“We will try our best to get a count on Friday, February 4th.”

Santa Cruz, California

Diana Magor is reporting more movement at Lighthouse Field and Natural Bridges State Park.

“The monarchs are definitely mating frequently. Both John Dayton and I have observed mating over the last 2 weeks.”

“The numbers at LF (Lighthouse Field) are declining…. I estimated fewer than 100 at LF (Jan 27), but many were already flying at that point, making it difficult to count. I’m going out to count. On 1-19 at 4:30 I counted 177, which is pretty accurate as they were already clustering for the night. On 1-13 I counted 213.  Nights have been cool…today it was 39.4F at my house, but days are very warm…high 60’s to 70 at LF.”

“John Dayton said the numbers seem to be increasing at Natural Bridges State Park, which may account for the declines at both LF and possibly Moran Lake. John’s counts at LF are generally higher, but the Santa Cruz area monarchs seem to move about quite a lot. John says this is normal. The clusters at LF get a lot more sun and heat than at NB, (which is ~5-8F cooler) and the habitat, as you have seen, is completely different. John says estimating #s at NB is very challenging, since the clusters move around within the site a lot, and that they are often very high up in the trees, or densely clustered. It’s also cold and dark there, and there are almost always many people walking on the boardwalk, so it moves making it hard to focus on a cluster. However, he’s the most experienced monarch counter I know.”

“Most of the remaining monarchs are males, but there are still some females at the site. John says this is normal. They are, however, leaving earlier each year that I have been observing.” 

On Sunday Diana returned to both sites:

“Checked LHF [Lighthouse Field] this a.m. and found 160 monarchs, all clustered, there. It was cold, low 40s, sunny, but the sun had not reached clusters yet. 5 clusters: no activity. 3 on S side on normal 3 cypress branches. 2 on the NW side on 1 cypress branch. Total: 174 monarchs.”

“Natural Bridges State Park: At least 300, several clusters, but I have to review my photos. Very dark, hard to count.”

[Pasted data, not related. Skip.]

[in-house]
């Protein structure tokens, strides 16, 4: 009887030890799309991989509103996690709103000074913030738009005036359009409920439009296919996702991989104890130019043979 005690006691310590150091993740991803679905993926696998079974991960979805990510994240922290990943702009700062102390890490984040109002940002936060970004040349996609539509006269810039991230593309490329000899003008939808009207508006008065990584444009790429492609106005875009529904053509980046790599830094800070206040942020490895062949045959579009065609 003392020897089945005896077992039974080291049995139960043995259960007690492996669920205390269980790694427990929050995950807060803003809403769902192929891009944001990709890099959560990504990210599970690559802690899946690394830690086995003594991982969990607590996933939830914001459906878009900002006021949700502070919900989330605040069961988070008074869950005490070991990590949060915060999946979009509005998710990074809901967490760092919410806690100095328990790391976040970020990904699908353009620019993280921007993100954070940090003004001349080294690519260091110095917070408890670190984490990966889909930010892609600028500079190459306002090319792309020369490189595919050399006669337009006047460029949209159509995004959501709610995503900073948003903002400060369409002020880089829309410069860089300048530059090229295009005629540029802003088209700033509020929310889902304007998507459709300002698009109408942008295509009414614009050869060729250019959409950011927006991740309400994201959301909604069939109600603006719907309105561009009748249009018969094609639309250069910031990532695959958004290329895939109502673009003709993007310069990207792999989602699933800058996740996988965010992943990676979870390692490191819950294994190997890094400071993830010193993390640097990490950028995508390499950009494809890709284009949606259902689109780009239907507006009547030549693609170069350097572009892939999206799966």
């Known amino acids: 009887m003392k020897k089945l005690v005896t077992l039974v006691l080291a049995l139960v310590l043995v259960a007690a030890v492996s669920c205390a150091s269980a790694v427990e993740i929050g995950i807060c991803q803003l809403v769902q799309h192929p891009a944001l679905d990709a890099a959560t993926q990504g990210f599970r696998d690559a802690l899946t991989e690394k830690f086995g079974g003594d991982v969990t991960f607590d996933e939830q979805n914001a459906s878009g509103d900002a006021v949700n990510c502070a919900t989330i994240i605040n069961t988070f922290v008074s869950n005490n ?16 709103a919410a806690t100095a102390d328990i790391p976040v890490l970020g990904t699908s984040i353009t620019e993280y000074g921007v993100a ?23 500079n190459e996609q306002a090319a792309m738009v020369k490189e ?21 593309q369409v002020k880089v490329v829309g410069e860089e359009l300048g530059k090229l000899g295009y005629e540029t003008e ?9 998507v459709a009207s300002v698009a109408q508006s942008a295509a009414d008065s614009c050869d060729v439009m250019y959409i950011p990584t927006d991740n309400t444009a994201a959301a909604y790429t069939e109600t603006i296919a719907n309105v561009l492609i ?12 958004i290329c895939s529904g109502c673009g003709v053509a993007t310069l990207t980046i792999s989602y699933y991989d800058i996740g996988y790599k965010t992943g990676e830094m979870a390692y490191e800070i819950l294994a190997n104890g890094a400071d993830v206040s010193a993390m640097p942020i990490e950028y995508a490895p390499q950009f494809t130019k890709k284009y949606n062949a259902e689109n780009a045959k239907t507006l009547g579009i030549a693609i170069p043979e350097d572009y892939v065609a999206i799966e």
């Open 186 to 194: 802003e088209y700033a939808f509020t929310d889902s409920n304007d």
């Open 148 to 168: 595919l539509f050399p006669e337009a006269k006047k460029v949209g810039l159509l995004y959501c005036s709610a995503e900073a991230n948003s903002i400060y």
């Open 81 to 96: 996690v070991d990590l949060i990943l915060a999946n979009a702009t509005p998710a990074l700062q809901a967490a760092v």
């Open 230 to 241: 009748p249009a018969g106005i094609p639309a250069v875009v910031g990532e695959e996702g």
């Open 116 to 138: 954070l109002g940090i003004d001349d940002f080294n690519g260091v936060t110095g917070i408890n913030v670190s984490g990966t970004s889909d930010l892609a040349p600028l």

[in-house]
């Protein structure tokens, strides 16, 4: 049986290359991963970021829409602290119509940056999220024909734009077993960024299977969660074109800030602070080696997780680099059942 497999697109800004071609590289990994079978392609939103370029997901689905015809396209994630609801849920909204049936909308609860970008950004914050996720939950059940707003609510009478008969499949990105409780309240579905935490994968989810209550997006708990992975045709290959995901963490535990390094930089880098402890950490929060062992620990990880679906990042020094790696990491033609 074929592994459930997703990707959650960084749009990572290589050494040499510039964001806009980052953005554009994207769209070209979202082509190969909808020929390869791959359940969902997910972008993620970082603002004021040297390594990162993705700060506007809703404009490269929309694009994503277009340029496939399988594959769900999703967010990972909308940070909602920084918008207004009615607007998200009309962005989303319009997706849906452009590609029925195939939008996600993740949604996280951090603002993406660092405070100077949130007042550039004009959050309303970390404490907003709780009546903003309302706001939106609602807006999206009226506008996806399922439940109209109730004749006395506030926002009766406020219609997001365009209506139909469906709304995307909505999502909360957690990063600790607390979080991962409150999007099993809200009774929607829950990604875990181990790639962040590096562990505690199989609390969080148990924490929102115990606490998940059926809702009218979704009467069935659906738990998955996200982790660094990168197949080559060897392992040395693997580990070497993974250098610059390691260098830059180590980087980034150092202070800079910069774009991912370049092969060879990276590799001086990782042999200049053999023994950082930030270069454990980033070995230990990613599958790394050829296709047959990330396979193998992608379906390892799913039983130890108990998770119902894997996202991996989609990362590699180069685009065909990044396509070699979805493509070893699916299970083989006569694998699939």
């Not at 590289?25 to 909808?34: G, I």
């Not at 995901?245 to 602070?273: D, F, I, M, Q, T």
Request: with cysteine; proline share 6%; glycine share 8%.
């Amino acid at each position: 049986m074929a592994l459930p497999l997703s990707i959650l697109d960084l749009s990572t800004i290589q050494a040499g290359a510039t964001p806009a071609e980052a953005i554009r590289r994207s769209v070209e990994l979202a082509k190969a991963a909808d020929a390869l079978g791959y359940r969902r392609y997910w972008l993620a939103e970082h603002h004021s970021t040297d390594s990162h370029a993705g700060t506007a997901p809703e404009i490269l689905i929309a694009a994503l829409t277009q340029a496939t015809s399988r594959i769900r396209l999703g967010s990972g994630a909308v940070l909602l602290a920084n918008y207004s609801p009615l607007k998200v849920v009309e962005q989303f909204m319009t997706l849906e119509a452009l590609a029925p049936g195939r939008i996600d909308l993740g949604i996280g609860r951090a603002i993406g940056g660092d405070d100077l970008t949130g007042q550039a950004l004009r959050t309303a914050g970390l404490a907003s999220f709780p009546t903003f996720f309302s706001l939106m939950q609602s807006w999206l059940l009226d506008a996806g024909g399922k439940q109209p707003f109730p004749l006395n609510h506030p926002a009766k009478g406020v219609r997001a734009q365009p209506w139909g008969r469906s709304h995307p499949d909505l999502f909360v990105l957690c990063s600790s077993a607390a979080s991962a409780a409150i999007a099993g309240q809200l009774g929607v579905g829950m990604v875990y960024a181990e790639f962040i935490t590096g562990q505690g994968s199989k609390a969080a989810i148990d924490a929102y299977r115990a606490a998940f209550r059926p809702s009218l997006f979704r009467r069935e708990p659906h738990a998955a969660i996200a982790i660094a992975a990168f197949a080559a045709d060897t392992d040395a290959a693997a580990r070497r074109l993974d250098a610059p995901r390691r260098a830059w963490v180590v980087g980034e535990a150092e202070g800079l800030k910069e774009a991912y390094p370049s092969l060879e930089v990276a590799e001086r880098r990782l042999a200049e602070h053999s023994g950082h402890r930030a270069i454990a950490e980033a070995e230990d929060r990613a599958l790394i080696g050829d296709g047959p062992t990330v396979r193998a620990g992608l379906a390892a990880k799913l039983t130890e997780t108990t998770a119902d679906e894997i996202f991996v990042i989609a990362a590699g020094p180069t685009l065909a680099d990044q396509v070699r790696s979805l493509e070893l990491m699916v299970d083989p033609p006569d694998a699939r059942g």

Thank You!

A special “Thank You” Diana Magor, Robert Pacelli, and Stephanie Turcotte, for their detailed reports and photographs as well as everyone else who submitted sightings this week.

Winter Monarch Sightings Are Important!

Where are monarchs this winter? If you are seeing monarchs, be sure to report to Journey North whether they are adults or eggs or larvae. Provide as much information as you can such as weather conditions (it’s okay to estimate). Your detailed description of what you see can include, but is not limited to, the monarch’s gender and activity and, if known, the type of flowers if they are nectaring. If you can, observe the condition of the wings – are they fresh and new or worn and tattered or something in between – helps us learn more about monarch age and survival. We realize it isn’t always possible, but please take a photo if you can. Thanks so much for your help.

Gail Morris is the Coordinator of the Southwest Monarch Study (www.swmonarchs.org), a Monarch Watch Conservation Specialist, and the Vice President of the Monarch Butterfly Fund and the Central Arizona Butterfly Association. The Western Monarch Population News is based on comments provided to Gail Morris. We hope to increase the number of sightings and therefore photos and comments entered into the Journey North. We rely on the volunteers who communicate regularly with Gail and who agree to participate in our effort to increase awareness of the population of western Monarchs. You can reach her at gail@swmonarchs